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U.S. Senate


McDaniel vs Cochran 2nd Most Competitive US Senate Primary in Mississippi History

The 2014 Mississippi Republican U.S. Senate primary is one of just two in state history decided by less than one point by either party.

Ernst Eyes Outright Primary Victory in Iowa GOP US Senate Race

Only one out of 68 Democratic and Republican U.S. Senate primaries has gone to a special nominating convention in Hawkeye State history.

Will Michigan Split Its Ticket This November?

In one out of every three cycles for the past century the Wolverine State has split its vote for governor and U.S. Senator.

Is a Rough Road Ahead for David Perdue?

Only one of eight run-off bound first place primary finishers in a Georgia U.S. Senate race went on to win the seat; Perdue is also coming off the lowest ever first place finish by either party in Georgia U.S. Senate primary history.

McConnell Records Weakest Kentucky US Senate Incumbent Primary Victory in 75+ Years

McConnell wins the lowest percentage of the primary vote among the last 22 Kentucky U.S. Senators vying for a renomination bid dating back to 1938.

Will the Number of Female US Senators Drop After 2014?

The number of women in the chamber has remained stable or increased in every cycle since the late 1970s.

North Carolina GOP Eyes 2nd Ever US Senate Primary Runoff

A record number of GOP U.S. Senate candidates could drag Thom Tillis into the party's second runoff in history; the last five North Carolina Democratic and GOP run-off victors lost the general election.

Crowded 2014 South Dakota US Senate Field Ties State Records

This cycle finds the Mount Rushmore State equaling historical marks for the most U.S. Senate candidates qualifying for the ballot as well as the most Republicans (or candidates from any party) in a primary race.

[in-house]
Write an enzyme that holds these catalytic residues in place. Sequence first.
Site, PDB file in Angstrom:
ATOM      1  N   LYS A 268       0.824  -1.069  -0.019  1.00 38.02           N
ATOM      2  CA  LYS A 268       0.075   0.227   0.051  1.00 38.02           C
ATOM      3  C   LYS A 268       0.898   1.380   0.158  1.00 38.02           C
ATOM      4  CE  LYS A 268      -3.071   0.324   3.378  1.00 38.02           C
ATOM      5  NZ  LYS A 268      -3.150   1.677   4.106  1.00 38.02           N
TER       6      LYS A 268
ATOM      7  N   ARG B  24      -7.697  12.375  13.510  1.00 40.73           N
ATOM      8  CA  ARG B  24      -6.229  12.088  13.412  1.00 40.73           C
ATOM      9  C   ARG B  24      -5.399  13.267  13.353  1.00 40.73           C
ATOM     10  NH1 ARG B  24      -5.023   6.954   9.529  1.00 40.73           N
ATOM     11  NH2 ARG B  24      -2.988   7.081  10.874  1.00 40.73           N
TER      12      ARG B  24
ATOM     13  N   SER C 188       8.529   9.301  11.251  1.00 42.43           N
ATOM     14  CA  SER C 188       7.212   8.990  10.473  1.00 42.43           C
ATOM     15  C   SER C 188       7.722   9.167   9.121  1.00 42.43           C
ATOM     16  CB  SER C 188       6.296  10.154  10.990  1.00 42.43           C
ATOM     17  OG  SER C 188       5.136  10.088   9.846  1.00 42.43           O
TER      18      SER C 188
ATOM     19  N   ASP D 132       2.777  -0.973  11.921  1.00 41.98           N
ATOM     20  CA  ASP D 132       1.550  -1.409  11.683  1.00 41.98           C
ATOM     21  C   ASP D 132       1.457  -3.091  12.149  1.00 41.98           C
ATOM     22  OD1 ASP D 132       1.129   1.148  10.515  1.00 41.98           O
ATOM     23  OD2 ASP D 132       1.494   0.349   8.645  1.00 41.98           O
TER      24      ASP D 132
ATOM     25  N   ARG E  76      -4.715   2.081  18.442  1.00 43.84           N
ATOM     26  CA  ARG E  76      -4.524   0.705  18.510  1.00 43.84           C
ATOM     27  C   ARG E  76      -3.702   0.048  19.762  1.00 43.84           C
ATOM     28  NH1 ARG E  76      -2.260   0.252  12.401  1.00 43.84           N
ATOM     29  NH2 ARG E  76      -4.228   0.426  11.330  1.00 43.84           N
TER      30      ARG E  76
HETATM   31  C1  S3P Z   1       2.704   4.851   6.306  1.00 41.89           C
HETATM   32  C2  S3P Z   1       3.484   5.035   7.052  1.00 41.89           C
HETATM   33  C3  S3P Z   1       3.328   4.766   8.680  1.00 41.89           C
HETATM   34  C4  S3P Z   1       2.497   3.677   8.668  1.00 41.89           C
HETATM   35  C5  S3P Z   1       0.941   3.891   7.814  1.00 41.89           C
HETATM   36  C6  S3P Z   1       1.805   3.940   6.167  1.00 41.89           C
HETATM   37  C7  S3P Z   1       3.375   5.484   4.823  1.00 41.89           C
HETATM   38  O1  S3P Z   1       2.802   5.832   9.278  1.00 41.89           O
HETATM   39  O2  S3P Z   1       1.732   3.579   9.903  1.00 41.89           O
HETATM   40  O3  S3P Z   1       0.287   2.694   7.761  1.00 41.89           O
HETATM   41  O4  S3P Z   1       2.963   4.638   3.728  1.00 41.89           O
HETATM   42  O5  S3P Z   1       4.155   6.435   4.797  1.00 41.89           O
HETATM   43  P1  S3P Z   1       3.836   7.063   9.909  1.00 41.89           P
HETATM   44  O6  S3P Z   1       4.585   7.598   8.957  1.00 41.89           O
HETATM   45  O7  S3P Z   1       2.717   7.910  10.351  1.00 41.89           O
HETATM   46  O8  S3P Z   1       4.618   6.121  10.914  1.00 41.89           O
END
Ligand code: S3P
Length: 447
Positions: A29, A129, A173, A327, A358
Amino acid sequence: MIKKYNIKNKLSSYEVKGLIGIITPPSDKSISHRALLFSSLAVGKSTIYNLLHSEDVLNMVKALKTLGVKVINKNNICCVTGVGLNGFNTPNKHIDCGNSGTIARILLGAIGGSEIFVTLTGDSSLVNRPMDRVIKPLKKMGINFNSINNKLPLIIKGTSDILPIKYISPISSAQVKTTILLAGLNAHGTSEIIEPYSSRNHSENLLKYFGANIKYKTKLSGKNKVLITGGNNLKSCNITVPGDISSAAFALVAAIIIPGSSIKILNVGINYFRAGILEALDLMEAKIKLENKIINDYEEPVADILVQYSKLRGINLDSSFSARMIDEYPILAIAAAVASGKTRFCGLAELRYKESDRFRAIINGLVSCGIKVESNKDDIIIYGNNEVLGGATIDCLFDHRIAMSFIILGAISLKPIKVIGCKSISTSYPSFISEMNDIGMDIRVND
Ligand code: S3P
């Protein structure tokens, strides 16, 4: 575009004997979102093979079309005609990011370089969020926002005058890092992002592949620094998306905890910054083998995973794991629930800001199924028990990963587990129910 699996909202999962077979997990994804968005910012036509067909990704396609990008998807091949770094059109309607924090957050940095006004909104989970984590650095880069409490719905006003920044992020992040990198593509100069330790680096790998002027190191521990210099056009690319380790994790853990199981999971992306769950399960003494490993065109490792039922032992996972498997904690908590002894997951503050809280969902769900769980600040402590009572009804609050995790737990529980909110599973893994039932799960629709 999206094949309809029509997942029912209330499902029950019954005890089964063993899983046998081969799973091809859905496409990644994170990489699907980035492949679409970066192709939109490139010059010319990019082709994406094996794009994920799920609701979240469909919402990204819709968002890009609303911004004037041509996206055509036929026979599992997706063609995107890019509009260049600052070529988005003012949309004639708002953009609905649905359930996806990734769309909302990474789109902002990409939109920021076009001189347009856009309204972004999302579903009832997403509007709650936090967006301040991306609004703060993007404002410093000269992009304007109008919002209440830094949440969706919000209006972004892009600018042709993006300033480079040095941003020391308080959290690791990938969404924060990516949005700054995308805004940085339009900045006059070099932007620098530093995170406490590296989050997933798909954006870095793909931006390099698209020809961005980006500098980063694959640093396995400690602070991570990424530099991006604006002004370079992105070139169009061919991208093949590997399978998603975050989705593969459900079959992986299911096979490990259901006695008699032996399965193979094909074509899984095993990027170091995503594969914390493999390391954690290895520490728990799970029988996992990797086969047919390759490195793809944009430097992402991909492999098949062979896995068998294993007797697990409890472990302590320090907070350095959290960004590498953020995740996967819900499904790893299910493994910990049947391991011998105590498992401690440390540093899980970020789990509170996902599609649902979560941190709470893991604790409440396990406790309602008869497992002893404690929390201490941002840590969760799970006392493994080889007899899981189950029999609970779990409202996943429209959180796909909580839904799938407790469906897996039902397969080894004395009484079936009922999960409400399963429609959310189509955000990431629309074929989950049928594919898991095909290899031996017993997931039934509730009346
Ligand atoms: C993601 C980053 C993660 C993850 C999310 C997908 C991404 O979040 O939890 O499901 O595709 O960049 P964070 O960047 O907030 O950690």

Choices, Choices: South Dakota Voters Get Rare Options in 2014 US Senate Race

It has been more than 80 years since South Dakotans had so many candidates from which to choose in a U.S. Senate election.

Which 1-Term US Senator Will Fall in 2014?

First-term Senators account for more than half of all defeated incumbents over the last century; at least one 1-term U.S. Senator has lost reelection in all but four of the 50 election cycles in the direct election era.

Will Kathleen Sebelius Seek a Rare Political Trifecta?

Sebelius could become the first woman to serve as governor, U.S. Senator, and cabinet head, and just the ninth individual to do so during the last 100+ years.

Will Montana Split Its Congressional Ballot Again in 2014?

Only two of 27 states have split their vote for U.S. Senate and at-large U.S. House seats in a majority of elections over the last century: Montana (78 percent of the time) and South Dakota (60 percent).

Which States Are Bellwethers for Partisan Control of the US Senate?

Two states - Rhode Island and Nevada - have elected U.S. Senators into the majority party of the subsequent Congress 75+ percent of the time over the last 100 years; Virginia has done so in each of the last six elections.

Cornyn Records Weakest Ever Primary Win for Texas GOP US Senator

He may have cruised to a 40-point win, but the two-term Republican incumbent was still less than 10 points from a runoff while recording the worst ever primary performance by a Texas Republican Senator.